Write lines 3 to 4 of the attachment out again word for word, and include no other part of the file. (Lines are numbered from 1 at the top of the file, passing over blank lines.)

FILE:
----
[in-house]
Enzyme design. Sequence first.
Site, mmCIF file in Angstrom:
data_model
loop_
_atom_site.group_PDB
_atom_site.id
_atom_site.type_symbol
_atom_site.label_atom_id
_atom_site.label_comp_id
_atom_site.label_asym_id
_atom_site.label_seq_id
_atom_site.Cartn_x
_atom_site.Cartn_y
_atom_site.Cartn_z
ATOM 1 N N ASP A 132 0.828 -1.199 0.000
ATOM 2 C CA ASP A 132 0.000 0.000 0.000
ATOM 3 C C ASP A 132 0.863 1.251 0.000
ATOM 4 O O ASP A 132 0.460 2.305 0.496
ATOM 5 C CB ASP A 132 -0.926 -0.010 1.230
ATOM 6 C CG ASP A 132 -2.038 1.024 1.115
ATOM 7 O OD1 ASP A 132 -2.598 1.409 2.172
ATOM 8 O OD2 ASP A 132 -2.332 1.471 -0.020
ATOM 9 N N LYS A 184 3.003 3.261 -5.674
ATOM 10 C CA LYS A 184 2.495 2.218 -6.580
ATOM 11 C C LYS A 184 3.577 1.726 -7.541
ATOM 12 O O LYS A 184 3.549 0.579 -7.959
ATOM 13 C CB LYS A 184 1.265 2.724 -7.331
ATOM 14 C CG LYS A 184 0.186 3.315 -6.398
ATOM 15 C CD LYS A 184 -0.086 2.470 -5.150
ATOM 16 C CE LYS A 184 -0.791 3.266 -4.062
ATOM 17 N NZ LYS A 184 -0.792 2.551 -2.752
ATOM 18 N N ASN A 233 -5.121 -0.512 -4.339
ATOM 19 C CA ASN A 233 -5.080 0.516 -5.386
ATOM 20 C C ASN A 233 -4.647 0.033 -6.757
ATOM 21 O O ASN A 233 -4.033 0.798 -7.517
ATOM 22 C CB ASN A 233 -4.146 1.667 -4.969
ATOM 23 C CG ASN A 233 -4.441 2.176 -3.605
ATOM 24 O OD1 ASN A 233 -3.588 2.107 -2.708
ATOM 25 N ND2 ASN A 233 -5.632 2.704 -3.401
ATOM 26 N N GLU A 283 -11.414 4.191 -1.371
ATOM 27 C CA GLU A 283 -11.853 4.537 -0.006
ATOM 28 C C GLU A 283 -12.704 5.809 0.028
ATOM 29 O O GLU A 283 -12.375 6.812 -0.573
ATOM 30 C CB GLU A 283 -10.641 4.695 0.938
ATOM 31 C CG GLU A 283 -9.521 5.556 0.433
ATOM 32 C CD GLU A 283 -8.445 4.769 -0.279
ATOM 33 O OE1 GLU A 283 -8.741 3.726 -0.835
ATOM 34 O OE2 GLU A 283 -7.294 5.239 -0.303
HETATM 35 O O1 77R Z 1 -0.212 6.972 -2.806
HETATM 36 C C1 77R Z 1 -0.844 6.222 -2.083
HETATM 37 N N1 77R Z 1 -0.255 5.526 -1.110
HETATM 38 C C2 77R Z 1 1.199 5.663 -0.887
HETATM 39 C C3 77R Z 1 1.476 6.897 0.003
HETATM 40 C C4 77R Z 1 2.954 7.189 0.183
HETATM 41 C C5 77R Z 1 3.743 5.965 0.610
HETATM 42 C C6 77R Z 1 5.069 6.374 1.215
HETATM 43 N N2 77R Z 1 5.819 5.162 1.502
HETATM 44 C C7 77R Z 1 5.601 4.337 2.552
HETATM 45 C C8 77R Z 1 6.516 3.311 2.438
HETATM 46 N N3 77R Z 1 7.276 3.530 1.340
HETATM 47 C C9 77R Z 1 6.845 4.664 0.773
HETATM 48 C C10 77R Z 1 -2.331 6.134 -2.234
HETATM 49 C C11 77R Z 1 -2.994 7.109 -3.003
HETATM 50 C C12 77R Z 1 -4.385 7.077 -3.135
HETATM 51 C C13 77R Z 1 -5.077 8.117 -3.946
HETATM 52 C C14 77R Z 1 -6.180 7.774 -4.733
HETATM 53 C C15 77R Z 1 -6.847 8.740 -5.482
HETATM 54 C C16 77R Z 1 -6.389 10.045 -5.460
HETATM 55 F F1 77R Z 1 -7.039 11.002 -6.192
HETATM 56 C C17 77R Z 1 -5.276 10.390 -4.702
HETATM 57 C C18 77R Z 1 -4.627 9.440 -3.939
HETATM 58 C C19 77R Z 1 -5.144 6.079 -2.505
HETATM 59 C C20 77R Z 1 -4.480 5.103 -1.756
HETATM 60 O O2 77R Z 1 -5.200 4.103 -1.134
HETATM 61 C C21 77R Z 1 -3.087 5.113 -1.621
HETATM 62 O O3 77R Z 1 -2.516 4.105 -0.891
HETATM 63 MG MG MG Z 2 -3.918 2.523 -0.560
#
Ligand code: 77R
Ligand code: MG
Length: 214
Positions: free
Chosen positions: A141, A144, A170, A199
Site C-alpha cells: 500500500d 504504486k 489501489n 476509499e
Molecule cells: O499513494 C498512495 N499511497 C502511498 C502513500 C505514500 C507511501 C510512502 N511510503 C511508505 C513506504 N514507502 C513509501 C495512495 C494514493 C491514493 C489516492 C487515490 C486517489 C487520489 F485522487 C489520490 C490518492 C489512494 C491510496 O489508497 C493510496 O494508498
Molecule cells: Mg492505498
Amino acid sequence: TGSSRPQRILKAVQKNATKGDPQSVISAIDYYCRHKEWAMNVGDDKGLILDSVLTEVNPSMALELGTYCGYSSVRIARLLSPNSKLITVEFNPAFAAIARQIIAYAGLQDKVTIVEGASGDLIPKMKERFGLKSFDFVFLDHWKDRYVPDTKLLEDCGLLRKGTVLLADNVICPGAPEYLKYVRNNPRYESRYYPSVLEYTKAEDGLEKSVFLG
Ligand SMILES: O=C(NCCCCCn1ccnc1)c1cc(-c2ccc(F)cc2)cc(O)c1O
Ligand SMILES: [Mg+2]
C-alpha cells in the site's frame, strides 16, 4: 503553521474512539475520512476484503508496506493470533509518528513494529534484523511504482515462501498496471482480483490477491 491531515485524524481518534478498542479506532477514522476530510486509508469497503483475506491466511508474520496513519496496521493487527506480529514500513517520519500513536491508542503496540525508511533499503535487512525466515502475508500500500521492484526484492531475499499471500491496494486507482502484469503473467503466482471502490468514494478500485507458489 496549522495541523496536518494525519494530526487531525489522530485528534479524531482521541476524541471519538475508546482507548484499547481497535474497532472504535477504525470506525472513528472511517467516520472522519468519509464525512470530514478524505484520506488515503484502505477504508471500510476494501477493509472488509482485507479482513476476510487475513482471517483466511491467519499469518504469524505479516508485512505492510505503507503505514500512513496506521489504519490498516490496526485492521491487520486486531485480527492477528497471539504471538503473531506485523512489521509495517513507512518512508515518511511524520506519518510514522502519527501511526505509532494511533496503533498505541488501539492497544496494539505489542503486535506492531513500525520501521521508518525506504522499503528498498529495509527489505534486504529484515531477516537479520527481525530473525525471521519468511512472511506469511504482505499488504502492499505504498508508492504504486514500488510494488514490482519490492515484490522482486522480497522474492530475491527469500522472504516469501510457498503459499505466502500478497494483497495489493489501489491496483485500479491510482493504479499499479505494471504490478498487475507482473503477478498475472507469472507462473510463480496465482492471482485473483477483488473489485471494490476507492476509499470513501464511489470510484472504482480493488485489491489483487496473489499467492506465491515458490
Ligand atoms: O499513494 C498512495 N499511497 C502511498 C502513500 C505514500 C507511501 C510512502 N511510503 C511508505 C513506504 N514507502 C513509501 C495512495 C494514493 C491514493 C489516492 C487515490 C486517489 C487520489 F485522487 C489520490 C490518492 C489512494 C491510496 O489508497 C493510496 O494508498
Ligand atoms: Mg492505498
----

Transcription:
Site, mmCIF file in Angstrom:
data_model